Chris Christie: State Government Focus Should Be Jobs Not Social Issues
WASHINGTON -- New Jersey Gov. Chris Christie (R) told 800 business and political leaders Thursday night that his state should be focused on economic and fiscal issues and not move on to social issues like gay marriage.
Speaking at the New Jersey Chamber of Commerce's annual Washington dinner, Christie touted his administration's economic record -- including a variety of budget cuts -- and said that social issues should not be on the radar screen for state leaders. Christie did not specifically mention gay marriage, but the context of the speech hinted at the issue, which has become the most prominent social issue in the state, Democratic legislative leaders making it their top priority for the 2012 session.
"How about saving that until we put people back to work," Christie said of social issues.
Christie has proposed that the legislature give the power to legalize gay marriage in the state to a statewide referendum, a move immediately backed by Republican legislative leaders, who have remained the governor's most loyal supporters. Democratic leaders have continued pressing the issue, with the state Senate's judiciary committee passing a bill earlier this week over Republican objections. He has also vowed to veto a bill on the subject.
Christie spoke to an audience of Garden State political and business leaders who traveled on the Chamber of Commerce's annual train ride to Washington, capping the day with the governor's speech and a series of cocktail parties.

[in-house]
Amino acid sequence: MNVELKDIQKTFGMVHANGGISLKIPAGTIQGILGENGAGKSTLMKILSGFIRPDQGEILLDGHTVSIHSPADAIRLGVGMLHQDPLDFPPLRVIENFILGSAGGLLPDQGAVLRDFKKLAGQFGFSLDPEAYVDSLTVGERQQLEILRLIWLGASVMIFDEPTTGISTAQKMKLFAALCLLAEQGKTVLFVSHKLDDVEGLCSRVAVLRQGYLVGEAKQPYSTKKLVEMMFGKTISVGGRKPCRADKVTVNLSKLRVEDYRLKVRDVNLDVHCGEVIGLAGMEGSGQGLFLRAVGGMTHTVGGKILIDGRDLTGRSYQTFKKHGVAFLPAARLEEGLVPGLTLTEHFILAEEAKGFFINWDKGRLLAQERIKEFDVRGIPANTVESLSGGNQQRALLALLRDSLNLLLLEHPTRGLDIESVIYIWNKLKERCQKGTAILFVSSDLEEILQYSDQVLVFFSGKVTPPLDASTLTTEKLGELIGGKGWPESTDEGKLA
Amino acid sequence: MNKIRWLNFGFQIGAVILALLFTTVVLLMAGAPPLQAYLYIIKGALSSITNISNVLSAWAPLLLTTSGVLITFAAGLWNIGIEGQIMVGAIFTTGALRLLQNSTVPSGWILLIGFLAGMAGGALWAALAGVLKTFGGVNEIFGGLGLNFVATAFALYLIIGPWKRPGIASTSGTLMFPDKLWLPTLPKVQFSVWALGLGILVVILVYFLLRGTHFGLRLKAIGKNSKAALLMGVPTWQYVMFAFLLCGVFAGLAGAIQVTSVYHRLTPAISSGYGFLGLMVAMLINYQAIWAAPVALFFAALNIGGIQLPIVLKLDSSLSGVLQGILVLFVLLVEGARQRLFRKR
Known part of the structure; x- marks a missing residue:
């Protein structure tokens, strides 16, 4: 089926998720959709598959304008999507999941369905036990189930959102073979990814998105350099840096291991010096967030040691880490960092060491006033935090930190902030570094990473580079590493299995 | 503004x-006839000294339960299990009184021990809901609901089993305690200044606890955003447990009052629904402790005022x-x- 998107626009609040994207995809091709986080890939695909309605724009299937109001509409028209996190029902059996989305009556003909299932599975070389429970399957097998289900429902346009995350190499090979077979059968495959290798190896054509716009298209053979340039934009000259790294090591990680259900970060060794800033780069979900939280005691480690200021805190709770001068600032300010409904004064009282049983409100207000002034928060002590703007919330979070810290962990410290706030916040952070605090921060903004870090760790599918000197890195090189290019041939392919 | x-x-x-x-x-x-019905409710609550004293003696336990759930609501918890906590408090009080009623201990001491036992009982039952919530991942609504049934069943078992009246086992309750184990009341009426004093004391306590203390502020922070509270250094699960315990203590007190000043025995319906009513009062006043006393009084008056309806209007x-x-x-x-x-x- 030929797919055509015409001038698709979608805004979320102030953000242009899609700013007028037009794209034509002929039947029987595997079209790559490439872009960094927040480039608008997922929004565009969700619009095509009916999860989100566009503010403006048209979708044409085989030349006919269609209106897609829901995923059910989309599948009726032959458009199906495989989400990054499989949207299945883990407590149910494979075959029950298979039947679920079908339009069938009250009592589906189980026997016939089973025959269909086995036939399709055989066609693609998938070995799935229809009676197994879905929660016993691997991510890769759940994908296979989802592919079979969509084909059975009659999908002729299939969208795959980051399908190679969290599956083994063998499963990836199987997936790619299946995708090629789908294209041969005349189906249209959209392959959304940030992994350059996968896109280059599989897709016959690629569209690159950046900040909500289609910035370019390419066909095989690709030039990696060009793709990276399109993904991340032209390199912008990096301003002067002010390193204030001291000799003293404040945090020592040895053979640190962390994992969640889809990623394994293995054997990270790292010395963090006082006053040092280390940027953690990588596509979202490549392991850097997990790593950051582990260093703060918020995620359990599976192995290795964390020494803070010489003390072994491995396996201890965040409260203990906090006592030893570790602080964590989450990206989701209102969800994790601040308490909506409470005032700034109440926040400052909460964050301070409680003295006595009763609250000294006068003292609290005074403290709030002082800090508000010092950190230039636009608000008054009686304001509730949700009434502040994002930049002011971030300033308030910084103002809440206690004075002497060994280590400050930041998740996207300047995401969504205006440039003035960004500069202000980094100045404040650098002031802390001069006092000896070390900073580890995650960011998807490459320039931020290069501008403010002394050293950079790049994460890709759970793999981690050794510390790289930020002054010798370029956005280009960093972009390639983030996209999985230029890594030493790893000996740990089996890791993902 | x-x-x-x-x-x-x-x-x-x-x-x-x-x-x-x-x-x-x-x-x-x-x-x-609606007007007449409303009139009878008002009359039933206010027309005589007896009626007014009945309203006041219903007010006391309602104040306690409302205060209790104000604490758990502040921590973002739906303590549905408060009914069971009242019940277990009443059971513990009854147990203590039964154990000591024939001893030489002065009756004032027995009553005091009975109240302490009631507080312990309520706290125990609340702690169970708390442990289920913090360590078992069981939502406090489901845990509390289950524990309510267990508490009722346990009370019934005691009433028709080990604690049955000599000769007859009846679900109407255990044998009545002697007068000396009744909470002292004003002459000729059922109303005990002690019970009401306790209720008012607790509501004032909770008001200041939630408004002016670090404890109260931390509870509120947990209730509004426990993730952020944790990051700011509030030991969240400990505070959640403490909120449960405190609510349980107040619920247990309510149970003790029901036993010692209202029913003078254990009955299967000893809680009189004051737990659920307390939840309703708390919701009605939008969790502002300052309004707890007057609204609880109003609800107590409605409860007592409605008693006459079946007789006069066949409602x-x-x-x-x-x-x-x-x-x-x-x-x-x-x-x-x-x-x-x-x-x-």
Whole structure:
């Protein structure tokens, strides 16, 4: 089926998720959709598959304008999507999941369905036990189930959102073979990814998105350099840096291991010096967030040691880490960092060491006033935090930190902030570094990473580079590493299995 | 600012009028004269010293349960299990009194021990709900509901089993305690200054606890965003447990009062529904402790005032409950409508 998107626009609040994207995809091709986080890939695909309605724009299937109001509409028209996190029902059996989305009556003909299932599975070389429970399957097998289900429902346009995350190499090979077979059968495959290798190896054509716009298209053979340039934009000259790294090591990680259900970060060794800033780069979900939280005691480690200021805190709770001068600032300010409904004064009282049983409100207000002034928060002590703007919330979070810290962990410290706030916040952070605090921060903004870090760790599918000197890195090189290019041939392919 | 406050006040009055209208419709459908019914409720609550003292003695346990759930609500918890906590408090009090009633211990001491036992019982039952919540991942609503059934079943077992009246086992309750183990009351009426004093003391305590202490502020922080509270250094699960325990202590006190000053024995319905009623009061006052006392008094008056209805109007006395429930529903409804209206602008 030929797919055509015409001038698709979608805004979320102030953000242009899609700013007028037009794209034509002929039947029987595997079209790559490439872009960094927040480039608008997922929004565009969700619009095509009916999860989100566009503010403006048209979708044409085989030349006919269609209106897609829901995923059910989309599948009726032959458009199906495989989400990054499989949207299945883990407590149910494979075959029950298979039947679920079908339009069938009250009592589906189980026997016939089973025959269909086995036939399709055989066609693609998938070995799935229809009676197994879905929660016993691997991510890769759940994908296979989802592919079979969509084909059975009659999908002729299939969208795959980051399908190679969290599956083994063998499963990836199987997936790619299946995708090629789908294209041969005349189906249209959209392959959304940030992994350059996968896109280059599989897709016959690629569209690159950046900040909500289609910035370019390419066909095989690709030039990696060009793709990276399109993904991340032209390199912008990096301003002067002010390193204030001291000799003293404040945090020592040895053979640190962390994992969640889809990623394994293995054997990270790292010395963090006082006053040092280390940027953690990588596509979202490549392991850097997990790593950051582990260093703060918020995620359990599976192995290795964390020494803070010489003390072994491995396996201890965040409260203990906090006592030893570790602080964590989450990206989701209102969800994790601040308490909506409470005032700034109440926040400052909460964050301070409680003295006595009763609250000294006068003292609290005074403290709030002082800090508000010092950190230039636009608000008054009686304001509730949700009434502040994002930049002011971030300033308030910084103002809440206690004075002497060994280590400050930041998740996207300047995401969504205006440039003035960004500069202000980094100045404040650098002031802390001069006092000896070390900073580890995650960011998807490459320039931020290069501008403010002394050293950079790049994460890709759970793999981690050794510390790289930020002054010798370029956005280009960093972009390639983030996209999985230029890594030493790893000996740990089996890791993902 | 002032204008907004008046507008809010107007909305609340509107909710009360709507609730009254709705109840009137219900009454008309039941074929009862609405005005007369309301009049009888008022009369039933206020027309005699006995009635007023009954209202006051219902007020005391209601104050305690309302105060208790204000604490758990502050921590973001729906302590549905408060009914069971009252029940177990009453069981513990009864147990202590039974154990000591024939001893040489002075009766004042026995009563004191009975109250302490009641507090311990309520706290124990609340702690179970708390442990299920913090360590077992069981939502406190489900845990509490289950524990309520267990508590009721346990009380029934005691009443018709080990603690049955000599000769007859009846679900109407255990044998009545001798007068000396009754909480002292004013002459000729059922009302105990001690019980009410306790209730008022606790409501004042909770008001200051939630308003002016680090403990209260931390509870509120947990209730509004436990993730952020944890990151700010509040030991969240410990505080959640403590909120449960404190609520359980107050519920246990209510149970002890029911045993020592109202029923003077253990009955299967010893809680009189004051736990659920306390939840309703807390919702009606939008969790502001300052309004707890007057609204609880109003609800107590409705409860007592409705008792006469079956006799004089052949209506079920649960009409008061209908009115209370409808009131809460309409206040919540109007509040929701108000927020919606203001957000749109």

The majority of Christie's speech had the same feel of his State of the State address from earlier this month, where he touted his first two years in office, providing an unofficial kickoff to his expected 2013 reelection campaign. Portions of Thursday's speech were spent on two of Christie's favorite topics: attacking the work of the Democratic governors who proceded him, and highlighting what he sees as his own successes.
Among the other areas he played up were his series of budget reductions in 2010, which included deep cuts to education and local government aid -- a move that was attacked as "draconian" by local education leaders. Christie also played up the 10-percent income tax cut he introduced in his State of the State address, a measure questioned by Democrats who have pointed to the plan's fiscal impact as cause for concern.
"I laugh when I hear that reason," Christie said. "I am being lectured about fiscal responsibility? This is hysterical. The guy who has cut billions in spending is being lectured by those who dug the hole we have to dig out of."
Christie, a prominent Mitt Romney supporter and potential vice presidential candidate, also took swipes at Washington during his speech, saying national politics has become too partisan. Christie pointed to what he described as New Jersey's bipartisan success, including legislative Democrats approving his proposals for a property tax cap and pension and benefits reform. Much of Christie's legislative success has been due to his alliance with top Democratic leaders around the state, including several influential state senators.
"We have worked hard to make New Jersey not like this town," he said of Washington.
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